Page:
Tube in Tube Buckling Controlled Brace Research
This ongoing research, sponsored by the Steel Tube Institute (STI) and AISC, investigates the effectiveness of encasing an HSS brace in another HSS to form a tube-in-tube buckling-controlled brace (TnT BCB). The encasing outer HSS is responsible for providing continuous lateral support and expected to prevent global buckling while delaying local buckling, without contributing to the load-carrying capacity of the inner HSS brace. The physical testing and finite-element analyses are performed by principal investigators, Professor Jay Shen, Associate Professor, Iowa State University and Professor Onur Seker, Associate Professor, Gebze Technical University.
Investigation of Local Slenderness Limits for Hollow and Concrete-Filled HSS Members used as Braces – Phase 1
Dr. Dawn Lehman at the University of Washington, in collaboration with the Steel Tube Institute and American Institute of Steel Construction, and supported by Steel Tube Institute member producers, is conducting vital research to comprehend how local slenderness limits influence the design and behavior of braces made from Hollow Structural Section (HSS) in construction. This initiative, building on prior University of Washington research, seeks to provide insights crucial for an Ad Hoc Task Group working on slenderness limits and potential modifications to the existing AISC Specifications. By conducting comprehensive tests on various HSS brace sizes and shapes, the study aims to establish appropriate seismic design limits. The findings from this project are anticipated to influence the 2027 Seismic Specification (AISC 341), potentially broadening the range of braces available for seismic applications. The generous contribution of HSS for testing by Steel Tube Institute member producers plays a significant role in facilitating this investigation.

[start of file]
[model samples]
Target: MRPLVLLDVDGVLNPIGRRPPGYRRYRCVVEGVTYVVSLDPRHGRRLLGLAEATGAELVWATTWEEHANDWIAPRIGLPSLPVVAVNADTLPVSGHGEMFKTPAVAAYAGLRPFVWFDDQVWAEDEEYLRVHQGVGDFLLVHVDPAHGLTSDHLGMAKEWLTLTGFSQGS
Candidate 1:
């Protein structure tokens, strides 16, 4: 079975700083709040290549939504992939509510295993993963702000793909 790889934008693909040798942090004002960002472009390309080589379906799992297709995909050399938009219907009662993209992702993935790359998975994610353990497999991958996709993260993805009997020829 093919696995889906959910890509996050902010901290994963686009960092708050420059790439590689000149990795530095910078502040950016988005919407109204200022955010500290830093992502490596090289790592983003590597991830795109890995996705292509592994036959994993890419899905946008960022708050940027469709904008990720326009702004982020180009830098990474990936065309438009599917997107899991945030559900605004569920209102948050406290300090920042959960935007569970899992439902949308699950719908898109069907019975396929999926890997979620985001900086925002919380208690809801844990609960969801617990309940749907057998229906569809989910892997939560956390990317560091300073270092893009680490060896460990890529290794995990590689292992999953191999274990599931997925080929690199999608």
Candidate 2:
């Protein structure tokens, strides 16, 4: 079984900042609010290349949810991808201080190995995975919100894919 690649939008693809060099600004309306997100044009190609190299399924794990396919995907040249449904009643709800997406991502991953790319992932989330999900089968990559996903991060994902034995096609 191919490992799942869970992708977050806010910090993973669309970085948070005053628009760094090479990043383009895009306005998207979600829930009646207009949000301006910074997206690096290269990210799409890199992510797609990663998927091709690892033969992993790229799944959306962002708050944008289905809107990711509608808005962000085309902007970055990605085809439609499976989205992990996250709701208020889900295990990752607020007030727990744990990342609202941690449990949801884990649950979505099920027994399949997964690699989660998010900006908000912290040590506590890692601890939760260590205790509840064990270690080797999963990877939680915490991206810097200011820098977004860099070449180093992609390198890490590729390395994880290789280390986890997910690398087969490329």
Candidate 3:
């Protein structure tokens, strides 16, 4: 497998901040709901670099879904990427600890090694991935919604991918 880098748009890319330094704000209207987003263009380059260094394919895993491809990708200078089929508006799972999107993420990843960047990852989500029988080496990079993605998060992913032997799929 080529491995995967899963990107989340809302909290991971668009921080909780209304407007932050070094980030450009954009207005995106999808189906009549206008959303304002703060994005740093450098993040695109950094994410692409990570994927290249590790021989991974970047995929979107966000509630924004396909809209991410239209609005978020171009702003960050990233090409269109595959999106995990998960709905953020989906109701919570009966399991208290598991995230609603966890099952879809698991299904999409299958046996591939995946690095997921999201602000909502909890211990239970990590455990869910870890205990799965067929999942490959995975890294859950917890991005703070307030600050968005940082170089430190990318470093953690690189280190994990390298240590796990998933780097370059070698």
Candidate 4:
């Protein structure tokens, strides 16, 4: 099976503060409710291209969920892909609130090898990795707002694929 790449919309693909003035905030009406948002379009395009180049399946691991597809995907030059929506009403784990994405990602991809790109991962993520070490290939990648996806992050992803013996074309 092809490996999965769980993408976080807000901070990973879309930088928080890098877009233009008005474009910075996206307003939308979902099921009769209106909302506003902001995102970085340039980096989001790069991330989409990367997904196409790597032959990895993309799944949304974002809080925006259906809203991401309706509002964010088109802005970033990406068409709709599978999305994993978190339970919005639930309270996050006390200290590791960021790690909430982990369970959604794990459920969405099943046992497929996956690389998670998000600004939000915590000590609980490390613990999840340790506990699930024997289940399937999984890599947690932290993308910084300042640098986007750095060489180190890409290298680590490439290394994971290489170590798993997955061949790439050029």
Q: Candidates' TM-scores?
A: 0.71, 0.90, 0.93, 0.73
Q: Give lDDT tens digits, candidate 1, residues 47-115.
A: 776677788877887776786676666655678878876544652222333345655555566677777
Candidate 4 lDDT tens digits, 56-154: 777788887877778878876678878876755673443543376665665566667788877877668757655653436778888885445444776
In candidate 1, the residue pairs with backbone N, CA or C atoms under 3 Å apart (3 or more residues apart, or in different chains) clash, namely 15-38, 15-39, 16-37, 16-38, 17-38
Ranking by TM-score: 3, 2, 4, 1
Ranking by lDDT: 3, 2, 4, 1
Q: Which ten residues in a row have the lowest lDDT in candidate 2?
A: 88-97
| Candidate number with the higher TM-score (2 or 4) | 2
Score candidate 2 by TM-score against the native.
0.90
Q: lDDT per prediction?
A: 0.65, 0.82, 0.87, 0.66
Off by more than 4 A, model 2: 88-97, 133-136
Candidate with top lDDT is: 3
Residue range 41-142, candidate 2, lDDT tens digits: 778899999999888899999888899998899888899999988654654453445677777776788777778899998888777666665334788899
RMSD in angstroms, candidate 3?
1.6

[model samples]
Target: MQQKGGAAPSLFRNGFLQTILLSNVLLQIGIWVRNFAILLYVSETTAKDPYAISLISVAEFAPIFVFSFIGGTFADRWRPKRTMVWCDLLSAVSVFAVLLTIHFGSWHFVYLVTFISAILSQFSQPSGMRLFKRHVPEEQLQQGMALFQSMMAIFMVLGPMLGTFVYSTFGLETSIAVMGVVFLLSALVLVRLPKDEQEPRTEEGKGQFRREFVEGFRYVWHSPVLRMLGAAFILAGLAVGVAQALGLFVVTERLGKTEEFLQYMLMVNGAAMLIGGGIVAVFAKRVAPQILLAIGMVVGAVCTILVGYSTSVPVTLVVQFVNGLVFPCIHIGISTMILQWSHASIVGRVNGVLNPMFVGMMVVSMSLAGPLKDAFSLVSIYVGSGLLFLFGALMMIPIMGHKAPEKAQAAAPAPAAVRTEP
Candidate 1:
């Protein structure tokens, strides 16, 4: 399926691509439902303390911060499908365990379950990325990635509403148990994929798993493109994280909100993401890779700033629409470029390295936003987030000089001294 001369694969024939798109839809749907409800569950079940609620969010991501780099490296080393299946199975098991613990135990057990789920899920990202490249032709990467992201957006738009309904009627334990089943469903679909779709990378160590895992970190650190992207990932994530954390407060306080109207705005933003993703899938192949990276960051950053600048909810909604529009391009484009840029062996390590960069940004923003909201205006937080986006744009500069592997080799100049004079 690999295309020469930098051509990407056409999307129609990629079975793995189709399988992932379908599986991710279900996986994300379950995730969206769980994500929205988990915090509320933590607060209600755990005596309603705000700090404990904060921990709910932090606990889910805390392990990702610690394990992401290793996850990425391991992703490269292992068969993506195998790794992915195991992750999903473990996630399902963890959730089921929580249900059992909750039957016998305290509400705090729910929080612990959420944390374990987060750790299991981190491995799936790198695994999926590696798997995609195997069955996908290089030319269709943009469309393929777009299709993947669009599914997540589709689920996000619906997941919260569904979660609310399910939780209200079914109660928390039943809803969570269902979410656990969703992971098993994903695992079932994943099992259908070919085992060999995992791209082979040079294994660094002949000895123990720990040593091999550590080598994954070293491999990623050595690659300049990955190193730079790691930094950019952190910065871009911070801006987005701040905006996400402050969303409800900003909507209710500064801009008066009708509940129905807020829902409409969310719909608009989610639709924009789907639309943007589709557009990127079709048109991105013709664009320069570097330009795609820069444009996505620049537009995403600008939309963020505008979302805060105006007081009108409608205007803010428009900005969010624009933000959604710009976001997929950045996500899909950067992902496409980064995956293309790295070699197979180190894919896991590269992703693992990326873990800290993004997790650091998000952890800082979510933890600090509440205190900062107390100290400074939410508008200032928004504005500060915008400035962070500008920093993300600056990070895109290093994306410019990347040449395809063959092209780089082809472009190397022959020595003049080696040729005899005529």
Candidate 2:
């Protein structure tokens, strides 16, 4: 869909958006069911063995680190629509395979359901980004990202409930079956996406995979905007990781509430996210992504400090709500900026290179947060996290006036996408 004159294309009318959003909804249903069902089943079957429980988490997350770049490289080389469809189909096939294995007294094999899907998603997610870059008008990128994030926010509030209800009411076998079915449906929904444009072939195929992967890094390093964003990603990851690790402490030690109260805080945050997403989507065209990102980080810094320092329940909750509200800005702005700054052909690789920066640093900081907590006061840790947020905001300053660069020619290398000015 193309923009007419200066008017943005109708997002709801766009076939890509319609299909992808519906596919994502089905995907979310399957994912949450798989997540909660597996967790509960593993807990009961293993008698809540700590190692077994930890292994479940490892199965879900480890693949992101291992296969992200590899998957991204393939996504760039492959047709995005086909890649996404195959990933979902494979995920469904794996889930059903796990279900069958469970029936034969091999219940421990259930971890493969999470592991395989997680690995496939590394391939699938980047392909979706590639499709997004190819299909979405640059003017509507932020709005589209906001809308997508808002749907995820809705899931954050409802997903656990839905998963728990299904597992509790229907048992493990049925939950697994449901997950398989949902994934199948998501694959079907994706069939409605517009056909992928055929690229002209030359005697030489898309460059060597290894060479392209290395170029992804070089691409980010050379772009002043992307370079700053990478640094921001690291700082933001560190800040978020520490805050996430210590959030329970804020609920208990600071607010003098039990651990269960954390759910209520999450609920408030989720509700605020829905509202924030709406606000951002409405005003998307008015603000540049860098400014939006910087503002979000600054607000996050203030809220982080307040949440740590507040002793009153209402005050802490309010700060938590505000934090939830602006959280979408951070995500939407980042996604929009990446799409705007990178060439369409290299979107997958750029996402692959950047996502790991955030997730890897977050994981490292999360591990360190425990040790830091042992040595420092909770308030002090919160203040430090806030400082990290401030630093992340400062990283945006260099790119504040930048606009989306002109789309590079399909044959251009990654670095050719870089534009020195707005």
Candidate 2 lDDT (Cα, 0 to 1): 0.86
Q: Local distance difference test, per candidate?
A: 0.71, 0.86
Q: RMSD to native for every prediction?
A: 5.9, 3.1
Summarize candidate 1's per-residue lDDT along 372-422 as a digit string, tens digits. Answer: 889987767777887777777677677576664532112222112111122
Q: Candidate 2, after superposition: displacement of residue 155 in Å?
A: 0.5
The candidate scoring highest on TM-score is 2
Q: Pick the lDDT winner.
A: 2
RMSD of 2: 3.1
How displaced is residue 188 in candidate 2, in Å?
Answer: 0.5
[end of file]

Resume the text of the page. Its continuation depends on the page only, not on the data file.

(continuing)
Rational Seismic Compactness Limits for HSS Members in Seismic Moment and Braced Frames – Phase 1
At the University of California – San Diego, supported by the Steel Tube Institute and American Institute of Steel Construction, Principal Investigator Dr. Chia-Ming Uang is investigating how size limits impact Hollow Structural Section (HSS) members in moment and braced frames during seismic activity. They aim to establish rational seismic width-thickness limits for HSS members within moment and braced frames. With the generous donation of HSS materials from the Steel Tube Institute members, the study anticipates broadening the available range of HSS columns and beams for use in seismic applications. The outcomes are expected to refine industry standards, potentially influencing changes in AISC Specifications and driving advancement in seismic construction.
Hidden Toe Welds in RHS-to-RHS Overlapped K-Connections
Dr. Jeffrey Packer, the Bahen/Tanenbaum Professor of Civil Engineering at the University of Toronto, has accomplished groundbreaking research on welded trusses, supported by the Steel Tube Institute. Focusing on the impact of welding or not welding the hidden toe of the overlapped branch in overlapping HSS K-Connections, this study is detailed in the article “Overlapped HSS K-Connections: To Weld or Not Weld the Hidden Toe?” Alongside this publication, formal research reports are referenced in the ‘Reference’ section of the STI article, providing an in-depth understanding of this critical investigation into welded trusses.
RHS-to-RHS Zero-Gap K-Connections
Dr. Jeffrey Packer, the Bahen/Tanenbaum Professor of Civil Engineering at the University of Toronto, led groundbreaking research on welded trusses, made possible through sponsorship from the Steel Tube Institute. One of the primary investigations in this research centered on evaluating the impact of providing zero gap between two branches of an HSS K-Connection. This essential study is encapsulated in the article “Rectangular HSS K-Connections with Zero Gap,” with comprehensive research reports noted in the ‘Reference’ section of the corresponding STI article.